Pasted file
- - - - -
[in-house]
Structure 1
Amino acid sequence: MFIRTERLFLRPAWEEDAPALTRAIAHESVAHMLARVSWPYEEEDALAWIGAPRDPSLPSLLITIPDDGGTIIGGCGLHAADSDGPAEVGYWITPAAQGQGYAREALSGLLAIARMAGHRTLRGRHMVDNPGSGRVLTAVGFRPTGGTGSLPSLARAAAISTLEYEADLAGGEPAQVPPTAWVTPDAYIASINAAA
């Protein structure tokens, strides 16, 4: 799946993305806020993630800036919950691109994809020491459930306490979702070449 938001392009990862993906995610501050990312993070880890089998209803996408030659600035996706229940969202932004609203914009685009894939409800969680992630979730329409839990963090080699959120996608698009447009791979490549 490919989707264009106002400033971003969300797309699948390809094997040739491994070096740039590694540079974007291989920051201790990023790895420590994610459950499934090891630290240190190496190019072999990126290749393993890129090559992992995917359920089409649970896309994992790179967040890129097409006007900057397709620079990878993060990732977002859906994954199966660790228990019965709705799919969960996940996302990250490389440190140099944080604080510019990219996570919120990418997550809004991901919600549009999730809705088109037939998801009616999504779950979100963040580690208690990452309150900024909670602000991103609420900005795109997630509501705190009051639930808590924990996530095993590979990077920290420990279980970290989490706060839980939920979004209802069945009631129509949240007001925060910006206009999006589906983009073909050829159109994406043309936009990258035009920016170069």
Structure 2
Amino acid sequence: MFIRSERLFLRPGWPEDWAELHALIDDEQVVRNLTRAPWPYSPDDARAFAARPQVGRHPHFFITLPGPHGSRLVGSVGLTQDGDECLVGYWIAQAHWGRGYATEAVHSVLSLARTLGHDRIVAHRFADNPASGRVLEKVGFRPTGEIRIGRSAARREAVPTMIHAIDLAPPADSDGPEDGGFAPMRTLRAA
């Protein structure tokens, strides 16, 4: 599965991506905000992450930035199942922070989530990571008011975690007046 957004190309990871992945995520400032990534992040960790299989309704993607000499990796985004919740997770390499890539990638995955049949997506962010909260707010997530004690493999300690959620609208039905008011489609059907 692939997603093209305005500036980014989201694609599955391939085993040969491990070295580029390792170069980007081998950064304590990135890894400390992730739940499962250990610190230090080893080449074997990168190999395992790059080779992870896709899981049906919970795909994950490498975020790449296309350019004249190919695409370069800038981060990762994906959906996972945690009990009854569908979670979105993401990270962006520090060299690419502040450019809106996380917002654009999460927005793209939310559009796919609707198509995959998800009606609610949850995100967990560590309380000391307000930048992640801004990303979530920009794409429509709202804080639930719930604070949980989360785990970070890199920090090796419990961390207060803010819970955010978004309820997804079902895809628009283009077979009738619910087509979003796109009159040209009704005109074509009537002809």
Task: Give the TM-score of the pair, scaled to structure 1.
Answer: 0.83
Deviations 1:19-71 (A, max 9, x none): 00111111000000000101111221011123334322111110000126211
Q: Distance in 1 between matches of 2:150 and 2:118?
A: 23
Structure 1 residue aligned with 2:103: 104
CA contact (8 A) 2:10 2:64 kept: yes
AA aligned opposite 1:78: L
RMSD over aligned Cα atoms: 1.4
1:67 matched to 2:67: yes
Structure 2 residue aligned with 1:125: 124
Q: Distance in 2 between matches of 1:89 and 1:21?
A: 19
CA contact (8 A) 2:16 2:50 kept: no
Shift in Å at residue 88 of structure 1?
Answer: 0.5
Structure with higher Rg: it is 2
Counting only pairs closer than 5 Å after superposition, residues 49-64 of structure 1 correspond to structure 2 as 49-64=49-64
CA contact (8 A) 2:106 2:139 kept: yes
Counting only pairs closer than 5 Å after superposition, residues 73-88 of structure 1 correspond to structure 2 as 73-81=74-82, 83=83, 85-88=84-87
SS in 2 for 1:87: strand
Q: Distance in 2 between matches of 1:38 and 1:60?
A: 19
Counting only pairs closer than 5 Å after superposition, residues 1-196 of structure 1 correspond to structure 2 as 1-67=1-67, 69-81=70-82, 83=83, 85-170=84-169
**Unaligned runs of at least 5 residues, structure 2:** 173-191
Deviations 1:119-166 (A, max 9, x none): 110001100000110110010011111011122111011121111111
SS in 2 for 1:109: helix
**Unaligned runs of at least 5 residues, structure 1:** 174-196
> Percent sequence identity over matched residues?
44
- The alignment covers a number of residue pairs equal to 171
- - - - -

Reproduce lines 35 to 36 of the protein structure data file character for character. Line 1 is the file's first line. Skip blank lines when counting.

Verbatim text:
**Unaligned runs of at least 5 residues, structure 1:** 174-196
> Percent sequence identity over matched residues?